In Kansas City, Kansas, new technology means distance is not a barrier for students hoping to study piano in school, the Kansas City Star reports.
Using Skype and a piano with special technology, students at Eisenhower Middle School in the Kansas City school district take lessons with university faculty and students at the University of Kansas, 40 miles away.
The students use a piano that allows the instructor to “play” keys on the student’s piano and the student to “play” the instructor’s. The teacher and student move through the lesson using video chat, with the teacher modeling and student practicing remotely. (Check out the Star’s video for a look at how it works.)
Just nine students are taking lessons so far. They were selected by their music teacher through an essay contest. The Star reports that time was the limiting factor, and that there was more demand from both middle school students and potential teachers.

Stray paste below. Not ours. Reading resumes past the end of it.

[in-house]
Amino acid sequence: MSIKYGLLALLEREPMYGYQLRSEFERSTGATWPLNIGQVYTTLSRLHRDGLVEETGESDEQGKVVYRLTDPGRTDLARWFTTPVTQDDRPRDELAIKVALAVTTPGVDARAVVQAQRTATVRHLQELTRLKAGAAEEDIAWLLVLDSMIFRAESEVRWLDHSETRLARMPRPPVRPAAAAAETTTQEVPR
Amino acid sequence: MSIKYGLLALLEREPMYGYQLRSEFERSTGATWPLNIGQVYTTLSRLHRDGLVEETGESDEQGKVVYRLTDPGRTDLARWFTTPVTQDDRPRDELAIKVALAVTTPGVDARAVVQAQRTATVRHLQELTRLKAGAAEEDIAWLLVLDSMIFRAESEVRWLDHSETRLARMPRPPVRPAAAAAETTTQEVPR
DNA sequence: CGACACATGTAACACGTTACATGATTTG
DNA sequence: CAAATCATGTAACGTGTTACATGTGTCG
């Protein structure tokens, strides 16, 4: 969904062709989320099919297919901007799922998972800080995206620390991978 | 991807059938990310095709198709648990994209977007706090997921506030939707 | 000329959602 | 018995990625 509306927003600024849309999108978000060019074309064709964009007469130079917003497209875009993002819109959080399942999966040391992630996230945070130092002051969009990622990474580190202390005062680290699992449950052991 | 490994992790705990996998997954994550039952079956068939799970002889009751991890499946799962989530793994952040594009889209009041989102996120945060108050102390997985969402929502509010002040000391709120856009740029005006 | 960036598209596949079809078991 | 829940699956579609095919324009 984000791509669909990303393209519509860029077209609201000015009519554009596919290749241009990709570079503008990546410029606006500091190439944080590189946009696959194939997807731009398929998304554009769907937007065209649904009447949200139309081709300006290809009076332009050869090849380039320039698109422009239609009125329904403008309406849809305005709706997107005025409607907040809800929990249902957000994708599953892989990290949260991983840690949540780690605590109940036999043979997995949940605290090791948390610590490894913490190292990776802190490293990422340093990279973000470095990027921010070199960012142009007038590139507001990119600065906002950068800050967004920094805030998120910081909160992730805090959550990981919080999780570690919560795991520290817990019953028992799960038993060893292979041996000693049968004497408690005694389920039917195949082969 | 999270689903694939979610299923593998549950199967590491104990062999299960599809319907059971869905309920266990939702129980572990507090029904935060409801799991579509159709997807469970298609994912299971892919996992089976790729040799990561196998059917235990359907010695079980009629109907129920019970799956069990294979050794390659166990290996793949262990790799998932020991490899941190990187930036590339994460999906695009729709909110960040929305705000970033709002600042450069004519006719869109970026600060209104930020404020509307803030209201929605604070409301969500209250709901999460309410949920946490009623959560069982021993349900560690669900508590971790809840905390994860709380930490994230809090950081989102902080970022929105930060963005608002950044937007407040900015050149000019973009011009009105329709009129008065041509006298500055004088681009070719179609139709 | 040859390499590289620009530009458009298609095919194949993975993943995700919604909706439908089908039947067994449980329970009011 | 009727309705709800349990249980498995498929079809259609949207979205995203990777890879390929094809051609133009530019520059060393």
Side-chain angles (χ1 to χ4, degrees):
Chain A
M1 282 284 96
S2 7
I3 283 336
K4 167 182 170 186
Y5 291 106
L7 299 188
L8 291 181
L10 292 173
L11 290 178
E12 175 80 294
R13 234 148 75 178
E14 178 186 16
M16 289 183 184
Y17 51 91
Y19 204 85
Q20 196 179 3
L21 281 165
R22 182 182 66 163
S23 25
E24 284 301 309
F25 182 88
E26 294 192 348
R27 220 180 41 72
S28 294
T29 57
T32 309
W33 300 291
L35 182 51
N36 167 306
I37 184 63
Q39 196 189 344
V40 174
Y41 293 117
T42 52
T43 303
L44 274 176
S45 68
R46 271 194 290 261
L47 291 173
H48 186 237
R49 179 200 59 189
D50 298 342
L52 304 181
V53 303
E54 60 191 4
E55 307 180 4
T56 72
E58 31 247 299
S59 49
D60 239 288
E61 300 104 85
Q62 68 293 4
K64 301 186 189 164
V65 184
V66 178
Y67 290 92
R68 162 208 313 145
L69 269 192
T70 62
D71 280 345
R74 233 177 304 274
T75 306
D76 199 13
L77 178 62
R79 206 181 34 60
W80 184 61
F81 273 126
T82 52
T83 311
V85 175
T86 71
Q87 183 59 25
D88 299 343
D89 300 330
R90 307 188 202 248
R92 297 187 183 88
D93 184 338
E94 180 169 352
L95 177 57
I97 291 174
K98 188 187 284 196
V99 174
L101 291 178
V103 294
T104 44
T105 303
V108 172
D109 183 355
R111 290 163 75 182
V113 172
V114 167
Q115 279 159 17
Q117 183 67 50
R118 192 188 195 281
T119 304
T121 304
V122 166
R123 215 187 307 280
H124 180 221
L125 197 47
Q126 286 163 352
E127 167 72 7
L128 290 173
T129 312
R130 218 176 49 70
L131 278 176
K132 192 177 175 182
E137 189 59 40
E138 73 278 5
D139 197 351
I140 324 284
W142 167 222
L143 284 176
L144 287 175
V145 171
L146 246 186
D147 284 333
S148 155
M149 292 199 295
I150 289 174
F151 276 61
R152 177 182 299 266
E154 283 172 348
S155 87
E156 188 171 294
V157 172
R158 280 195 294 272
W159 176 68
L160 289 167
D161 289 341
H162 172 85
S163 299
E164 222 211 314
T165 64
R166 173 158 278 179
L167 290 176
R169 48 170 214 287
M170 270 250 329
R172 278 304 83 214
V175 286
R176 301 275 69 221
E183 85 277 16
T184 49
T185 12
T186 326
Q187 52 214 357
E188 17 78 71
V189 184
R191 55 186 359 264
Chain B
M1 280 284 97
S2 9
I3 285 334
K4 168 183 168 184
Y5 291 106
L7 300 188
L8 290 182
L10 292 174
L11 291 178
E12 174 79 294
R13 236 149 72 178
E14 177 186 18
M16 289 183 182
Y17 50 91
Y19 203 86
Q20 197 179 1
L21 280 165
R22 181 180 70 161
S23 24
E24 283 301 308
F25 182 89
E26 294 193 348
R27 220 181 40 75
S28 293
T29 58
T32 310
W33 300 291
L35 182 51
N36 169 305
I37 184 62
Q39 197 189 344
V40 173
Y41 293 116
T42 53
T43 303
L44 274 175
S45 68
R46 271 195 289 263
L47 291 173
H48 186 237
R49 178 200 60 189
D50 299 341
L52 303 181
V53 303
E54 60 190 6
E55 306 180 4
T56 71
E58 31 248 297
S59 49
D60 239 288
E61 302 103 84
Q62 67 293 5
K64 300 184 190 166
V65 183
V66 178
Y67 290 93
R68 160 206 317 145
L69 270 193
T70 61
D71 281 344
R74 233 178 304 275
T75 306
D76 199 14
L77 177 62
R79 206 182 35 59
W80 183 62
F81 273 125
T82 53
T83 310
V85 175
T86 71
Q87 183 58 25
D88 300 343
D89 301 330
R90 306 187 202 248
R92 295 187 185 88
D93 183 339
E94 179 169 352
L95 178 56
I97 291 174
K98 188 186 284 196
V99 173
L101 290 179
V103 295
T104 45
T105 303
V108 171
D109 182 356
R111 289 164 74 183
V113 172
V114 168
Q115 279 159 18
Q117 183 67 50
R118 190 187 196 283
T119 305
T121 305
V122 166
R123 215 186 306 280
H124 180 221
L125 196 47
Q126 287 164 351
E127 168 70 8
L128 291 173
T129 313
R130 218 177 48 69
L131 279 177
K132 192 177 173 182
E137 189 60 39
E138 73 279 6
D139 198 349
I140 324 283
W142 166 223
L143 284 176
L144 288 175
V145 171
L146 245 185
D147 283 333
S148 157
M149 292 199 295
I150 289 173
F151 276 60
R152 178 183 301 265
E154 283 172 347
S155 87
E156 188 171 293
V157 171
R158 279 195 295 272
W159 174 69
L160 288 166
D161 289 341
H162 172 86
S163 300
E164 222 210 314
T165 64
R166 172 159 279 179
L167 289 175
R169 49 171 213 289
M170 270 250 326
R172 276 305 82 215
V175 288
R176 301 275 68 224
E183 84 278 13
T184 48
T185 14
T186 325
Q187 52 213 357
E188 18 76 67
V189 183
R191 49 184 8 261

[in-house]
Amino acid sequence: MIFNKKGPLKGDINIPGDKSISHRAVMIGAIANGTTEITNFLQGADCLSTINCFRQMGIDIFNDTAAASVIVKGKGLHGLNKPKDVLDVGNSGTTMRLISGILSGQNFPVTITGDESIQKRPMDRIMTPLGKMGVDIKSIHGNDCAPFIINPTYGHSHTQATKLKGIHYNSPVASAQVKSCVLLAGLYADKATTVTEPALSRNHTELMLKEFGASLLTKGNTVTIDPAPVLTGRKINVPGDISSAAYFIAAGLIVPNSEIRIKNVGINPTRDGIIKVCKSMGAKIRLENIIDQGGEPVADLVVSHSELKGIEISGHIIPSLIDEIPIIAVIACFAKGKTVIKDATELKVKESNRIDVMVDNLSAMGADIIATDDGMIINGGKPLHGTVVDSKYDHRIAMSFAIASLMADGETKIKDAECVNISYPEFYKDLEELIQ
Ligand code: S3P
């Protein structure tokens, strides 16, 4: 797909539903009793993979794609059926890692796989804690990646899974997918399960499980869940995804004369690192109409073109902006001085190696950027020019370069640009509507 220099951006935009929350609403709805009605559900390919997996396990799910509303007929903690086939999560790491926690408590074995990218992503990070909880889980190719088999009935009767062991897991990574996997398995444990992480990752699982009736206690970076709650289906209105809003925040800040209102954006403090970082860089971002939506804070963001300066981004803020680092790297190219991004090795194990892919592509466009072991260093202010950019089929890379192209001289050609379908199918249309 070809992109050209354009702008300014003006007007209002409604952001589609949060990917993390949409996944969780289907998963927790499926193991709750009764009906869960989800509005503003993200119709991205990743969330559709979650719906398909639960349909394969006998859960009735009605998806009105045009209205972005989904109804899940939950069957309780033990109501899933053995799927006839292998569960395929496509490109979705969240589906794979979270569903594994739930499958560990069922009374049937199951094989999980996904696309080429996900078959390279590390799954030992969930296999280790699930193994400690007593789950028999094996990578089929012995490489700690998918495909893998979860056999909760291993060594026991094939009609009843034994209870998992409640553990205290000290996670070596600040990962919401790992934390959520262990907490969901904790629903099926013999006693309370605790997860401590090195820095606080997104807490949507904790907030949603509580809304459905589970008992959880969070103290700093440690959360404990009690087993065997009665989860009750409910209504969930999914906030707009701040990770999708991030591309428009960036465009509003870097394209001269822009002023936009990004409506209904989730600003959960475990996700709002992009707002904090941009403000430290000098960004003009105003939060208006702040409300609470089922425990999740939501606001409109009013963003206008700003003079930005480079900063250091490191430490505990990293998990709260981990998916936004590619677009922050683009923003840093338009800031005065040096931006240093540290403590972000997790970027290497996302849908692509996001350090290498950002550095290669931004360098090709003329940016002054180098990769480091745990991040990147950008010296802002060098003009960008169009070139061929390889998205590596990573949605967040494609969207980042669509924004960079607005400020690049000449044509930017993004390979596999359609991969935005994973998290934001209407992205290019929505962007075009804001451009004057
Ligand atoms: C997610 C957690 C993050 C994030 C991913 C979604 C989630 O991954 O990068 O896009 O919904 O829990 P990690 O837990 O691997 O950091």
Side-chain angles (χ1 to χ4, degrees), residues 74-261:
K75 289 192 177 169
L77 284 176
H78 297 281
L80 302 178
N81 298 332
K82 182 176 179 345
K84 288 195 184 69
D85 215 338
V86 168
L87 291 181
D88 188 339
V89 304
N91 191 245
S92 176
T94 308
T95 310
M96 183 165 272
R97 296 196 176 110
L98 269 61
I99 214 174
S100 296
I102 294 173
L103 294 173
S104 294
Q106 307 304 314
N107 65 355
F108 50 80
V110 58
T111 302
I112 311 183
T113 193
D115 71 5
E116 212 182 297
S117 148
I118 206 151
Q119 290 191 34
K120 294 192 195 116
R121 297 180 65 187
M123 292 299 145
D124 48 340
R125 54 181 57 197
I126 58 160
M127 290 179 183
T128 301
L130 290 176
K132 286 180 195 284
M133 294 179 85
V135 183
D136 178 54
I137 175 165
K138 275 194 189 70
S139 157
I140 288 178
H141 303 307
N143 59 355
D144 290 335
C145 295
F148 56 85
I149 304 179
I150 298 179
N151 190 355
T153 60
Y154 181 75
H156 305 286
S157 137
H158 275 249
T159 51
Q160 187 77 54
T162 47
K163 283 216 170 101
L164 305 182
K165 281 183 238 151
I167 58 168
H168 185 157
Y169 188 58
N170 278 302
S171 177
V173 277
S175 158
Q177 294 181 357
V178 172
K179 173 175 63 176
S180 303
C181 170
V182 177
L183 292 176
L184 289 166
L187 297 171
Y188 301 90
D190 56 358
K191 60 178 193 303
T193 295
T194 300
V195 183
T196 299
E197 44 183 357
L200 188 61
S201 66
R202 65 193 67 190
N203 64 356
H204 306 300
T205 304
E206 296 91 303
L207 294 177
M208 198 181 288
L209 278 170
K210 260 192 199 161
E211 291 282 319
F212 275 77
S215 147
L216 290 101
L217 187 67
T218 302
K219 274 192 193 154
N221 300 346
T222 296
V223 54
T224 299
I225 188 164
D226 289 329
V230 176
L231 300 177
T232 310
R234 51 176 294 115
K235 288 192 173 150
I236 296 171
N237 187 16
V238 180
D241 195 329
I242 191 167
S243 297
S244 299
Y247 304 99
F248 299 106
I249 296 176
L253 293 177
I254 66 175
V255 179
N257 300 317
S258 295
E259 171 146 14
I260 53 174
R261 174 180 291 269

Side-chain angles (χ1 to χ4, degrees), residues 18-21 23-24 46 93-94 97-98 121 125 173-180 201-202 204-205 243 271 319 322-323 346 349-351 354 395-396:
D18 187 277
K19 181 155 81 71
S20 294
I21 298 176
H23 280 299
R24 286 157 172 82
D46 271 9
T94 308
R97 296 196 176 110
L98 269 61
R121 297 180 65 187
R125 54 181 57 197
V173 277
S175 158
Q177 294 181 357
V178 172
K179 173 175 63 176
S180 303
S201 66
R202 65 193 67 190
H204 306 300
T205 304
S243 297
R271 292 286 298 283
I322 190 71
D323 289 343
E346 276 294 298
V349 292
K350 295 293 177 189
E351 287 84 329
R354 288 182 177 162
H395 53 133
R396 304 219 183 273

The program allows students who might not have been able to afford lessons or locate a local piano teacher to study the instrument.
The piano is a Yamaha instrument called the Disklavier, a combination of disk (for floppy disk) and Klavier, the German word for keyboard. The Star reports that this use of the Yamaha piano to connect public school students with teachers remotely is, as far as Yamaha knows, unique.
While the Kansas City program is after school, other schools have taken steps to incorporate piano labs into school-day music classes. Pianist Lang Lang recently discussed a music education program his foundation is supporting in which students use digital keyboards (and headphones) to study the instrument together in the same classroom. And The Huffington Post featured a piece on a public school teacher who set up a similar piano lab in New York City.
A version of this news article first appeared in the Curriculum Matters blog.